9        By decision of 12 July 2017 (‘the contested decision’), the Third Board of Appeal of EUIPO dismissed the appeal. It considered that the contested design should be declared invalid due to a lack of individual character within the meaning of Article 6(1) of Regulation No 6/2002. In particular, the Board of Appeal noted, first, that, even though the designer’s freedom was limited in respect of the gun-shape of the body and the essential components of paint spray guns, it nevertheless enjoyed considerable design freedom with regard to the shape of the handle, the spray head, the trigger, the hook and the devices for adjusting the paint flow. Secondly, it considered that, due to his knowledge of existing paint spray guns, the informed user was informed of the essential components that a paint spray gun must possess and of the limitations of the design freedom in that regard. Thirdly, the Board of Appeal found, following a comparison of the contested design with the earlier design number 378815-0005, that the designs at issue only differed in small details, namely the use of the colours green and yellow, the shape and position of the colour system at the bottom of the handle and the nozzle, the shape of the tail ends of the two screws, which is flattened in the contested design and conical shaped in the earlier design, the aperture below the hook which is squared in the contested design and circular in the earlier design and the shape of the handle, which is slimmer and slightly protruding in the contested design and broader and flat in the earlier design. In this respect, the Board of Appeal found that, while these differences could not be considered immaterial within the meaning of Article 5(2) of Regulation No 6/2002, they were nevertheless insufficient to produce a different overall impression on the informed user. Consequently, the Board of Appeal concluded that the contested design lacked individual character with regard to the earlier design number 378815-0005 (‘the earlier design’) and that there was therefore no need to examine the other earlier designs relied on.

 Forms of order sought

10      The applicant claims that the Court should:

–        annul the contested decision;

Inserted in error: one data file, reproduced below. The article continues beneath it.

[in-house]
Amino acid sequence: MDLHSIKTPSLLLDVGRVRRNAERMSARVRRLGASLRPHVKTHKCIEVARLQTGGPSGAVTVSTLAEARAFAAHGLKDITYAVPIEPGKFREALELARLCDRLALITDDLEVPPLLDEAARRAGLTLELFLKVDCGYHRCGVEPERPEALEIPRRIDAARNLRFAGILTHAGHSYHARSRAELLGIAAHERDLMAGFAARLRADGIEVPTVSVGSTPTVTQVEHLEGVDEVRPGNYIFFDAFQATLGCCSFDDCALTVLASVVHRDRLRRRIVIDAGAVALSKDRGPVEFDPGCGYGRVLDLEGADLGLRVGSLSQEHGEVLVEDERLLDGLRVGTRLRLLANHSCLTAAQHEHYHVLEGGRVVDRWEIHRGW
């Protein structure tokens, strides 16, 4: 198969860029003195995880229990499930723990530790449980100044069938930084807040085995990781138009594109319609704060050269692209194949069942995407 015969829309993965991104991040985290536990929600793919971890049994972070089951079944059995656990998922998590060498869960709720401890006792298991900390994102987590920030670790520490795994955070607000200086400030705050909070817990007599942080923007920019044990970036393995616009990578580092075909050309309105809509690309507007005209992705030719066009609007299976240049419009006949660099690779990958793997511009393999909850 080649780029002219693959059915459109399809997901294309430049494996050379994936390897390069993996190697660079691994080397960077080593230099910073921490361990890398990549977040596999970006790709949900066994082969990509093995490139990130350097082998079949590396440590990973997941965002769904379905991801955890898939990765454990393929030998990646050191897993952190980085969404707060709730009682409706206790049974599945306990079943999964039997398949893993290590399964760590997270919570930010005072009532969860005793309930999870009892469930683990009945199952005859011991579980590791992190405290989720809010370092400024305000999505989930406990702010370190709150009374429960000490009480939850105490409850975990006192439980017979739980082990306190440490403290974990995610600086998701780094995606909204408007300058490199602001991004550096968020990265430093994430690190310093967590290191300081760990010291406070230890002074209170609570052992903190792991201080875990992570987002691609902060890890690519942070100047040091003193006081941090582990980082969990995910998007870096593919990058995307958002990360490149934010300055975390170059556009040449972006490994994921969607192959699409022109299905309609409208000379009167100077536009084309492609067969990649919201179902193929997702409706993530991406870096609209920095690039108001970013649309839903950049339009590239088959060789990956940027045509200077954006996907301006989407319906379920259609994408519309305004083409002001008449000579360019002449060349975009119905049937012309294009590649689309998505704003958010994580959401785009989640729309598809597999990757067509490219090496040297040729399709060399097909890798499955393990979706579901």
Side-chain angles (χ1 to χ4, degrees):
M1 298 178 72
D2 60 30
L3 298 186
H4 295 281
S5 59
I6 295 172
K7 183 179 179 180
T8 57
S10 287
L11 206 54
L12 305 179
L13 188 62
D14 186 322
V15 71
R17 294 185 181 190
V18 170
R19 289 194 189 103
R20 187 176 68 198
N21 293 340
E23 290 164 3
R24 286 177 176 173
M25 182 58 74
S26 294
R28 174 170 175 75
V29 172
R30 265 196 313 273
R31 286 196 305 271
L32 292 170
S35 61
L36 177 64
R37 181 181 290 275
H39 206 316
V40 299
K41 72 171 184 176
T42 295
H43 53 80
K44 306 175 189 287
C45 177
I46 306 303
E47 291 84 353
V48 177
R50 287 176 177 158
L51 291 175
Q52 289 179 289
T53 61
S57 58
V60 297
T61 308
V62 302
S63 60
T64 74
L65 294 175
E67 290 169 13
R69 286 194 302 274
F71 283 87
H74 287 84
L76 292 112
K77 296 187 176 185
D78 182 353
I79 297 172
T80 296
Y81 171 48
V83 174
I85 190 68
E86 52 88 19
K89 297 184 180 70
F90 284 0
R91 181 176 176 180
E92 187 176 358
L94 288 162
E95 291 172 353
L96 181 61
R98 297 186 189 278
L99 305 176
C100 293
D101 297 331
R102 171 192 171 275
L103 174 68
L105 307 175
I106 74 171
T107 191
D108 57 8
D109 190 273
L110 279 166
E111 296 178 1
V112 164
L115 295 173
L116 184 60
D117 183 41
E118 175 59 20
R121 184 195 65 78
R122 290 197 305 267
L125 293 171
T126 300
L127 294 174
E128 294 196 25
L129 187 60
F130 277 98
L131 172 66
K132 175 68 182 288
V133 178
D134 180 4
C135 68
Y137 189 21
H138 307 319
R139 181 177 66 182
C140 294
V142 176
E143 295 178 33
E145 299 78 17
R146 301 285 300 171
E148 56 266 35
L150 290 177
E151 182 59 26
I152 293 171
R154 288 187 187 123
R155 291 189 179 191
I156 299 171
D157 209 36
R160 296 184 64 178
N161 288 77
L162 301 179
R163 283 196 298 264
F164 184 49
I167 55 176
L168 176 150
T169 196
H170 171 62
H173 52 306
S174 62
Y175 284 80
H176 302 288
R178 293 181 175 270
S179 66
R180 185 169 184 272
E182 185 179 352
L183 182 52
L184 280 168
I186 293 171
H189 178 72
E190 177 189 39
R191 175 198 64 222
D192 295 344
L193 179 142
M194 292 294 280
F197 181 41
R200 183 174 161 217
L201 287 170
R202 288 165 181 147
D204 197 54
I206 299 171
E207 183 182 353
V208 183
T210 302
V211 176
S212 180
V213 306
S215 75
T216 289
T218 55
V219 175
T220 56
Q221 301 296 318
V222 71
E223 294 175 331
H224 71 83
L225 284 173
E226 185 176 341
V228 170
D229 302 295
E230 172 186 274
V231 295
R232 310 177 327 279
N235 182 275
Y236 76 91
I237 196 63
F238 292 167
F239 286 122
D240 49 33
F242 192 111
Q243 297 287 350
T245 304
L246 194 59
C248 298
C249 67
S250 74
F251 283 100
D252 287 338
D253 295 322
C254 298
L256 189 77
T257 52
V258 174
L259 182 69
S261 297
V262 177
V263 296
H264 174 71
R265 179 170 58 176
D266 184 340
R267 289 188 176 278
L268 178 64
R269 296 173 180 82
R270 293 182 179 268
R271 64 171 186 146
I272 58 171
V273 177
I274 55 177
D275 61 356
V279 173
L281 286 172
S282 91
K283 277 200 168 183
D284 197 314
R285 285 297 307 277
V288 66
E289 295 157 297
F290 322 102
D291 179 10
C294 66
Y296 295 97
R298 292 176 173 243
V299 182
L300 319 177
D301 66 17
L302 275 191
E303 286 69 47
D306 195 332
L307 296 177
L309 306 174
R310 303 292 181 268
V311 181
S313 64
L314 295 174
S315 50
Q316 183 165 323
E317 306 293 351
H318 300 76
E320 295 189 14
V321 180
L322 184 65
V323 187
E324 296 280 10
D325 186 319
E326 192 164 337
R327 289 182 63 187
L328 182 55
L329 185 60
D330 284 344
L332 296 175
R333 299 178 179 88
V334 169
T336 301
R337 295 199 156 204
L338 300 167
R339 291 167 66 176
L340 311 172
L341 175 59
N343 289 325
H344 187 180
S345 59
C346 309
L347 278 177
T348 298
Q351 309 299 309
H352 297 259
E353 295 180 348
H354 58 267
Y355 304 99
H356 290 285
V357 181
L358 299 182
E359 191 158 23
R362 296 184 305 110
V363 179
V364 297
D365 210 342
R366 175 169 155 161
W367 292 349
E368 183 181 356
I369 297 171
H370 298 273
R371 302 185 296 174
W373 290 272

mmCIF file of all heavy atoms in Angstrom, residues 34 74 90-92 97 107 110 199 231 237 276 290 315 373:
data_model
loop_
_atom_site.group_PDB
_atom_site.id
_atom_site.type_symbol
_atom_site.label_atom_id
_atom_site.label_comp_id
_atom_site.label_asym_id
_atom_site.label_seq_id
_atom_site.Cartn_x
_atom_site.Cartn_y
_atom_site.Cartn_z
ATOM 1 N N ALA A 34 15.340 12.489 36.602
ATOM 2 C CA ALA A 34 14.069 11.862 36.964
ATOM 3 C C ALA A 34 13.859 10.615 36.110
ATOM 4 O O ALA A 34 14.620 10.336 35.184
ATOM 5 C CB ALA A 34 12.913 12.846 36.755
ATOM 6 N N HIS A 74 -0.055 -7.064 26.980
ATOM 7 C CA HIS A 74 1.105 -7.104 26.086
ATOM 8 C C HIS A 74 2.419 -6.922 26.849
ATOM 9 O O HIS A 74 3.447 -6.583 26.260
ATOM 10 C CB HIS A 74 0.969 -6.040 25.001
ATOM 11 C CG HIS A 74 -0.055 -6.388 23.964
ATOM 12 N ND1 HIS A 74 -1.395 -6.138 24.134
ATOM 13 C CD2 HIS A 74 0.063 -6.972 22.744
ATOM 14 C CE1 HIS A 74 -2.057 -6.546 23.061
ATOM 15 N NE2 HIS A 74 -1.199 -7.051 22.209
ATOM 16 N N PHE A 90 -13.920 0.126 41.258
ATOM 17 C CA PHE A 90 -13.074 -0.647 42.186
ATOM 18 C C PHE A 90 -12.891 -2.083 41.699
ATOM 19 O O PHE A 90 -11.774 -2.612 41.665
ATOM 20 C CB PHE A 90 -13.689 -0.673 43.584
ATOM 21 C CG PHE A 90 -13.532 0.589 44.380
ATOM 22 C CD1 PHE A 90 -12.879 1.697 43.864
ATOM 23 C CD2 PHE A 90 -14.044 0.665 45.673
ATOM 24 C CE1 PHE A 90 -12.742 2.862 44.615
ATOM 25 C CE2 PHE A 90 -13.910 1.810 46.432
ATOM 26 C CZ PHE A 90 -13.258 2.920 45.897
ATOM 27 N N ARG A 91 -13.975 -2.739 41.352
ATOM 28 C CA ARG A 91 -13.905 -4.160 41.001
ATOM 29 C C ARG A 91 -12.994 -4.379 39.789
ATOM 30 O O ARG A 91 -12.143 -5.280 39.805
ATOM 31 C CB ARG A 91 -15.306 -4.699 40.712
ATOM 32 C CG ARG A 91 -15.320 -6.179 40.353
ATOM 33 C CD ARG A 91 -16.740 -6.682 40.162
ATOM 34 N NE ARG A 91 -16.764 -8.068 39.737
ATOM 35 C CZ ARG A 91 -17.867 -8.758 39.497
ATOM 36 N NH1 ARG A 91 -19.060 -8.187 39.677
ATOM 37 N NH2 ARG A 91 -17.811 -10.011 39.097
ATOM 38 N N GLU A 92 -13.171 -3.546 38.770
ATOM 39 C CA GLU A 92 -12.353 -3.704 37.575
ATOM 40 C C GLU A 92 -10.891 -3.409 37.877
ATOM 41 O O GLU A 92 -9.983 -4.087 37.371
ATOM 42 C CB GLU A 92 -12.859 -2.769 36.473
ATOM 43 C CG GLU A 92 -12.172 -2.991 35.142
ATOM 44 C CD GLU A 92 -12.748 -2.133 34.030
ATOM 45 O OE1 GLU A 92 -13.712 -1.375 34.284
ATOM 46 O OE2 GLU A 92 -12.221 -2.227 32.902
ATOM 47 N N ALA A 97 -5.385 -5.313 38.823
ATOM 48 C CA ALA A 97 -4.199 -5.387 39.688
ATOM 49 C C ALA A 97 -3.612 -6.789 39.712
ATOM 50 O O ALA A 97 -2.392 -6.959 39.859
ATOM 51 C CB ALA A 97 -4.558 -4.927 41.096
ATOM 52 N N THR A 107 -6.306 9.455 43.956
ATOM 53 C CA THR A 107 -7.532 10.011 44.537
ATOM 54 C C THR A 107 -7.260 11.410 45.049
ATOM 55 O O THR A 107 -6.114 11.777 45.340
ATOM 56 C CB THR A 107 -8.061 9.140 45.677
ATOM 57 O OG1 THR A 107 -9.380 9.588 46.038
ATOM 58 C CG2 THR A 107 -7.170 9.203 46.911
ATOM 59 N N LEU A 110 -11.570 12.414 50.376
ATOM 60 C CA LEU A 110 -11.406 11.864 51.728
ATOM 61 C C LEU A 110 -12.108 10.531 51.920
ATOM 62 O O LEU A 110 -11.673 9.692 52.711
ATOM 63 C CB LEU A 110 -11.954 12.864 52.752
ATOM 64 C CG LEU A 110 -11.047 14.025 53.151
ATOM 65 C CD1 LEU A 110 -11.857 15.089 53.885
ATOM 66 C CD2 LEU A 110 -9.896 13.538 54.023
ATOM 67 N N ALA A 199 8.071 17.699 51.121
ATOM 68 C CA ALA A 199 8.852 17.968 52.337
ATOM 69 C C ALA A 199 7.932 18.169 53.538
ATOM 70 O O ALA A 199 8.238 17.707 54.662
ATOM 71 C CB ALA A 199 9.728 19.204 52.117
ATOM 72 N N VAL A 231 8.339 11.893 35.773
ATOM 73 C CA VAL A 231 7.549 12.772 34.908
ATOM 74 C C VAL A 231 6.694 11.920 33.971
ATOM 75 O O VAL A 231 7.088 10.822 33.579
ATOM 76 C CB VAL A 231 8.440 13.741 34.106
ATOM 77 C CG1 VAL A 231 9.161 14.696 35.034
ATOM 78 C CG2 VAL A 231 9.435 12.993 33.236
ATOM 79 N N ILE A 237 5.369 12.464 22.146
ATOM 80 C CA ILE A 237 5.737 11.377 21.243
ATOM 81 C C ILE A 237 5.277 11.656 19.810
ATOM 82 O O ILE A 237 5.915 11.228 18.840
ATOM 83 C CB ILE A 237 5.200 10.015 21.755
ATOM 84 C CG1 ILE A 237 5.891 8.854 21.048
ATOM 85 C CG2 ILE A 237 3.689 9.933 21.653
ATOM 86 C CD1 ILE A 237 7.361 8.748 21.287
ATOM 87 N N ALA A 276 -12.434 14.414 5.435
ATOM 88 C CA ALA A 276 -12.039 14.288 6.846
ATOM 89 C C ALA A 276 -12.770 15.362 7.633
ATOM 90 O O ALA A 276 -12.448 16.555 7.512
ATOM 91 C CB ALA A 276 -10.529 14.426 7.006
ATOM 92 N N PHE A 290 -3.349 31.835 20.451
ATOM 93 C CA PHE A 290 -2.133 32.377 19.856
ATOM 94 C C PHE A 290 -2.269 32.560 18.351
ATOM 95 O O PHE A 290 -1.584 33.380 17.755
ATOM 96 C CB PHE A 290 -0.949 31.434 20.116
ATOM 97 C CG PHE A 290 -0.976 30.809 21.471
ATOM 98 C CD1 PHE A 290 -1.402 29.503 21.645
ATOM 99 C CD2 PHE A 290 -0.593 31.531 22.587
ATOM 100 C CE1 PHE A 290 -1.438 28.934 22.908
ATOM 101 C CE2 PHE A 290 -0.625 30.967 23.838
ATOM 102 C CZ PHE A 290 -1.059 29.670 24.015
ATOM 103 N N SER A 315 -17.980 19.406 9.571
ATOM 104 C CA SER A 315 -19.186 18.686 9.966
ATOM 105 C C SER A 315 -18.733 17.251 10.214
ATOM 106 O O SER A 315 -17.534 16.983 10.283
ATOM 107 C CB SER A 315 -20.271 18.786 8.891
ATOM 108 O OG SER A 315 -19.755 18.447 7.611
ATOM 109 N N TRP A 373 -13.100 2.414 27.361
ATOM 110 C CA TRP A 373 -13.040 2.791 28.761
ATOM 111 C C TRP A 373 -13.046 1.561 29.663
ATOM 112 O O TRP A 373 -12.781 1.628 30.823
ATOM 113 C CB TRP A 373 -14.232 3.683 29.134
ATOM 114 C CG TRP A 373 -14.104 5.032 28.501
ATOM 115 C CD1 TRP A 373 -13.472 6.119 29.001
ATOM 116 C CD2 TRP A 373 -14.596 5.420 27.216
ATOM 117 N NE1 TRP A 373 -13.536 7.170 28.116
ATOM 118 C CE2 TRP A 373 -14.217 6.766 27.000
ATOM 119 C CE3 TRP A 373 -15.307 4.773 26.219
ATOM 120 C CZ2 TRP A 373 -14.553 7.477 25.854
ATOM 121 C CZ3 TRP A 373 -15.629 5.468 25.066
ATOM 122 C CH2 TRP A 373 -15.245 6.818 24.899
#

–        order EUIPO and, if appropriate, Zhejiang Auarita Pneumatic Tools, to jointly and severally pay the costs.

11      EUIPO contends that the Court should:

–        dismiss the application;

–        order the applicant to pay the costs.

 Law

12      In support of its action, the applicant puts forward two pleas in law, the first alleging infringement of Article 25(1)(b) of Regulation No 6/2002, read in conjunction with Article 6 of that regulation, and the second alleging infringement of Articles 62 and 64 of that regulation.

 The first plea, alleging infringement of the combined provisions of Article 25(1)(b) and Article 6 of Regulation No 6/2002

13      In the first plea, the applicant essentially complains that the Board of Appeal was wrong to take the view that the contested design did not produce a different overall impression from that produced by the earlier design and that it therefore lacked individual character.

14      The applicant puts forward four complaints in support of the first plea. The first complaint concerns the determination of the designer’s degree of freedom, the second, the definition of the notion of informed user, the third, possible saturation of the state of the art and the fourth, the assessment of individual character.

15      In the interests of clarity, it is appropriate to examine, first, the complaint relating to the definition of the informed user, second, the complaint regarding the determination of the designer’s degree of freedom, third, the complaint relating to the assessment of individual character and, fourth, the complaint regarding possible saturation of the state of the art.

 The definition of the informed user

16      The applicant submits that, by referring, in paragraph 30 of the contested decision, to the users of ‘concrete posts’, whereas this case concerns paint spray guns, the Board of Appeal has failed correctly to state the reasons for its decision. According to the applicant, the Board of Appeal has thus infringed Article 62 of Regulation No 6/2002, which provides that decisions of EUIPO are to state the reasons on which they are based, as well as Article 6(1)(b) of that regulation, referring to the notion of the ‘informed user’ when analysing individual character.